Travis innovation advisory board meets for first time

  • Published
  • By Capt. Lyndsey Horn
  • 60th Air Mobility Wing Public Affairs

TRAVIS AIR FORCE BASE, Calif. – Business, civic and Travis Air Force Base leaders met for the inaugural Phoenix Spark advisory board  here June 22.

Started in April 2017, Phoenix Spark is a base-level innovation program designed to organically connect and work with industry, academia, and the Department of Defense in order to deliver tomorrow’s tools to the warfighter today.

“Because the Air Force is a large organization, it makes innovation a challenge,” said Col. Christopher Maddox, 60th Operations Group commander, in his opening remarks to the board. “Airmen are the most connected to our mission and we want to continue to empower them to solve problems.”

The advisory board is an executive-level forum which provides advocacy and mentorship as Phoenix Spark works to create a pathway for Airmen to quickly acquire tools needed for increased mission success.

“We want to build a framework to ensure we continue to be successful,” said Maddox. ”We’re looking for ways to unleash our Airmen…and reduce the bureaucracy that stands in their way.”

Phoenix Spark is a grassroots effort initially called the Travis Innovation Office, which began in early 2016. Airmen would meet in their free time to work on projects to enhance their work spaces. After many iterations to create a viable model at the wing level, Air Mobility Command signed off on a charter creating the first Phoenix Spark office in the command.

 “Through Phoenix Spark, we are connecting the operational experts at Travis with the local industry and academic partners who can realize innovative solutions for the Warfighter.” said Maj. Tony Perez, a founding member of the Phoenix Spark program, in his introduction to the board. “Phoenix Spark creates a collaborative environment where Airmen are empowered to challenge the status quo and introduce new tools into their organizations.”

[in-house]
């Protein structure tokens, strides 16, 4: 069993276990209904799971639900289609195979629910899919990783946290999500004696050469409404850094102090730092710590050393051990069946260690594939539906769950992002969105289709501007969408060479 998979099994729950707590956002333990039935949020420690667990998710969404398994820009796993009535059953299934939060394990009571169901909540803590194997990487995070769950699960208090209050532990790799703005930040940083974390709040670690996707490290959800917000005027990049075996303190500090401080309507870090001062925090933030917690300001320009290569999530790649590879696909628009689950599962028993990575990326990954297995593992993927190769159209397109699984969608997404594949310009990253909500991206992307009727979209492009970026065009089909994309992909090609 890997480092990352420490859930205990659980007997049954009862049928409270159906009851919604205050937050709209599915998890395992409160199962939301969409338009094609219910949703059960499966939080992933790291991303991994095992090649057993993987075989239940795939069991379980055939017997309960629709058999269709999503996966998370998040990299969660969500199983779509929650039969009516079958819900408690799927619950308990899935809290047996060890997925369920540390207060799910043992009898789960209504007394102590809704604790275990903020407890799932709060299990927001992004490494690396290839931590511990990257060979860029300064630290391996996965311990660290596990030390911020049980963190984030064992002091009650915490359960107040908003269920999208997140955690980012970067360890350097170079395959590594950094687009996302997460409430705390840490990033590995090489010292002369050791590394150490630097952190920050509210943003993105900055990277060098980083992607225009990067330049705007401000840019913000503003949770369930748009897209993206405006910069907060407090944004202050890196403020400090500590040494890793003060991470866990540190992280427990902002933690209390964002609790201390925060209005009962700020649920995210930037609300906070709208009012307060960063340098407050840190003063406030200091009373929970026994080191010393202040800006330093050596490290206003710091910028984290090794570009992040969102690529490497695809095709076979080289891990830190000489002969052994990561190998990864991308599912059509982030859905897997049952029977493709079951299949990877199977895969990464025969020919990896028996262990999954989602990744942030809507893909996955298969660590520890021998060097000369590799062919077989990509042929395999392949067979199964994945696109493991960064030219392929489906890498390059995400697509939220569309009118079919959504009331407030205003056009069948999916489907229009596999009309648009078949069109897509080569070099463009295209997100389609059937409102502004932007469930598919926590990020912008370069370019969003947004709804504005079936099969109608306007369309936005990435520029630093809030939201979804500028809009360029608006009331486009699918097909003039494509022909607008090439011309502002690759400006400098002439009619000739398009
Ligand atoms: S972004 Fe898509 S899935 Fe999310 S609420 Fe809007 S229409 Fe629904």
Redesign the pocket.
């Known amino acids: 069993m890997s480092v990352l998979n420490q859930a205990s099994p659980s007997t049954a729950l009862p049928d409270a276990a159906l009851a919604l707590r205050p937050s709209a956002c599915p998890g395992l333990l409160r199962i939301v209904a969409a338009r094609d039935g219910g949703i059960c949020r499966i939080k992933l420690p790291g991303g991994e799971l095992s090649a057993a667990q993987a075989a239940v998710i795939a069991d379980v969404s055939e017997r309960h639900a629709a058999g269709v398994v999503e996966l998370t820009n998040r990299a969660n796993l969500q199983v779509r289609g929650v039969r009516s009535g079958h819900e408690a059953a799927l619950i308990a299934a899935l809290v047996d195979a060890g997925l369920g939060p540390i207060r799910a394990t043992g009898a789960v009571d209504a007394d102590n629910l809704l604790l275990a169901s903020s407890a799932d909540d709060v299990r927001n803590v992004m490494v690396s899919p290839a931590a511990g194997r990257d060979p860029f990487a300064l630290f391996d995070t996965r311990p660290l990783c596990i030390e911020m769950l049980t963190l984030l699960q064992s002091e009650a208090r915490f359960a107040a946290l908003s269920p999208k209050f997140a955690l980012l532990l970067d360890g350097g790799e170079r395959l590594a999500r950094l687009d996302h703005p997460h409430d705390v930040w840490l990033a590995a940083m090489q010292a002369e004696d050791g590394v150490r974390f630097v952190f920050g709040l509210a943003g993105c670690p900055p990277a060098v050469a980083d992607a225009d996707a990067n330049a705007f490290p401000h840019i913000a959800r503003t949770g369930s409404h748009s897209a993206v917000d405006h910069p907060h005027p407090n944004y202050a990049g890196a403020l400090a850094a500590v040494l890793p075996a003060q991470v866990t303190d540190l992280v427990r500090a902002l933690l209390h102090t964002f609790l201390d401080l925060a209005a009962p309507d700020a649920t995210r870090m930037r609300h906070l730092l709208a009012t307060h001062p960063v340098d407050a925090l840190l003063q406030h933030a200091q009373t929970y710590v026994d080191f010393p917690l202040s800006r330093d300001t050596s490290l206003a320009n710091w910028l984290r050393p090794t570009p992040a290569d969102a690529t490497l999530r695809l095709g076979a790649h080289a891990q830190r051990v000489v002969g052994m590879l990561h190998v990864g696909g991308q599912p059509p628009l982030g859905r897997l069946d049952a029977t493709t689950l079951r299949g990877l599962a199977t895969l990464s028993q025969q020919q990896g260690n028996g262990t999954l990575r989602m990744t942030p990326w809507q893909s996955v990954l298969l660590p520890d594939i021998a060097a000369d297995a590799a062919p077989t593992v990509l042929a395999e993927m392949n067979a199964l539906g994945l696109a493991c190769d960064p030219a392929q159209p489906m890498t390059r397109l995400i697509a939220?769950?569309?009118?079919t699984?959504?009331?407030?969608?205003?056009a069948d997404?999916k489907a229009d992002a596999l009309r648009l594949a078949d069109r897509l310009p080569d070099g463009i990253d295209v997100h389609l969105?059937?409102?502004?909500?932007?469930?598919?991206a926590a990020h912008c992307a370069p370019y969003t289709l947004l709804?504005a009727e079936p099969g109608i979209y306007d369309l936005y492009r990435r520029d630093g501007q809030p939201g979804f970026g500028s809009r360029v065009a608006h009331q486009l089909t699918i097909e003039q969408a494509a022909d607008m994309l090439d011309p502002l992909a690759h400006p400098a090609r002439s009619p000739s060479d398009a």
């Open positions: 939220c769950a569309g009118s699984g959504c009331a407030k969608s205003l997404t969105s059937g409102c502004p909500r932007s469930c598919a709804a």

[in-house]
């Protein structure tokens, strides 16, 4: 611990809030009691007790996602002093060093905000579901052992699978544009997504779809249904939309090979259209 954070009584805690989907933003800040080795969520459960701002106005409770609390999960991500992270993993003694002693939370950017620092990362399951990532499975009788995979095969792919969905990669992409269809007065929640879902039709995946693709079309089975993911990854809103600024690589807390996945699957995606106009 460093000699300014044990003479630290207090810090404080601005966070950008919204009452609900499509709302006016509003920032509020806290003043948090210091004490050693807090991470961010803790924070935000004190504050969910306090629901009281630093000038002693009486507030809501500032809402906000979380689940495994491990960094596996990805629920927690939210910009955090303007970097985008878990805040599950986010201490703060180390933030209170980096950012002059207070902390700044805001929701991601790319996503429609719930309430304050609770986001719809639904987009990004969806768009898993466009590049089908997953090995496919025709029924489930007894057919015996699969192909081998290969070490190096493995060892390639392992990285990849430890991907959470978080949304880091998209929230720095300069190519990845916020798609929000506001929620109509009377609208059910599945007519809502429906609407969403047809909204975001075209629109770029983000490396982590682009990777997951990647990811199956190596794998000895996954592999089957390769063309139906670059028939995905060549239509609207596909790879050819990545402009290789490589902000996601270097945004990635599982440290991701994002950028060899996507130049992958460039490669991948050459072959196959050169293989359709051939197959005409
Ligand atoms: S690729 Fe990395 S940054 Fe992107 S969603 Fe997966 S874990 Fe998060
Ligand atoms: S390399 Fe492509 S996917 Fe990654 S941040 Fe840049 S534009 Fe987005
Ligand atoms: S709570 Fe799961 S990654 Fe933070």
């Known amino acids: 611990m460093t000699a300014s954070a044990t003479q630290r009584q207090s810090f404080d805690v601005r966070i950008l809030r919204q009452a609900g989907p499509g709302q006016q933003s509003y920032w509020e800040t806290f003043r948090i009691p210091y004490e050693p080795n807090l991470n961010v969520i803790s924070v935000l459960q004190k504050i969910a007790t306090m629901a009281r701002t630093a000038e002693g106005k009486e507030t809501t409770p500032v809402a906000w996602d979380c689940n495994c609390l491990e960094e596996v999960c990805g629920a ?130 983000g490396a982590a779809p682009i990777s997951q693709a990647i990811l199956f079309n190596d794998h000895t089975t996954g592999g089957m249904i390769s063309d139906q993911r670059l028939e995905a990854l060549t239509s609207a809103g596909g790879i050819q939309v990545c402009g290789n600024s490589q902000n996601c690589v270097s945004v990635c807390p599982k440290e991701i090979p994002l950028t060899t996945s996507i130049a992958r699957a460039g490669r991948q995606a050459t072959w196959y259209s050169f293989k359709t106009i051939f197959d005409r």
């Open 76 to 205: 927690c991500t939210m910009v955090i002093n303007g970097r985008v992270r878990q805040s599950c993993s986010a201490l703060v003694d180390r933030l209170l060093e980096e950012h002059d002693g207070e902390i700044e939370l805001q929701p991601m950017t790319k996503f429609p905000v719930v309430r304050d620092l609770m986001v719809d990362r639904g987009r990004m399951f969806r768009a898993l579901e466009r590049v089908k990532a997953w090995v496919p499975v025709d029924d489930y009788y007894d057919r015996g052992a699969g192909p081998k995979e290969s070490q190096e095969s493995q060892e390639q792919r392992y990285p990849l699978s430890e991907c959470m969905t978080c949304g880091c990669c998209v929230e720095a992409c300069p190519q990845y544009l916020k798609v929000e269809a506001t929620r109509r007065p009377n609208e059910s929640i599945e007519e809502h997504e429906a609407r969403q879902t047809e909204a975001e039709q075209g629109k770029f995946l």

The program leverages Travis AFB’s geographic proximity to start-up companies in Silicon Valley and also academic institutions.

“In the first months we made more than 57 contacts,” said Perez. “When we speak with them, we focus on three types of projects: widgets for the warfighter, academic studies and knowledge exchanges.”

Widgets are hardware or software solutions created and prototyped to solve an operational problem set for Airmen across base; and perhaps eventually the entire Air Force. For example, the Phoenix Spark office is currently testing a noise-canceling microphone for aircrew on the C-5M Super Galaxy and C-17 Globemaster III that will enhance communication in the high decibel operational environment.

“We’ll soon be using it in the C-5s with instructors and evaluators,” said Perez. “This all happened through the Phoenix Spark program.”

Still in its infancy, the program will rely on the advisory board for advice on creating the Travis AFB Phoenix Spark charter. It plans to meet again with Airmen in July.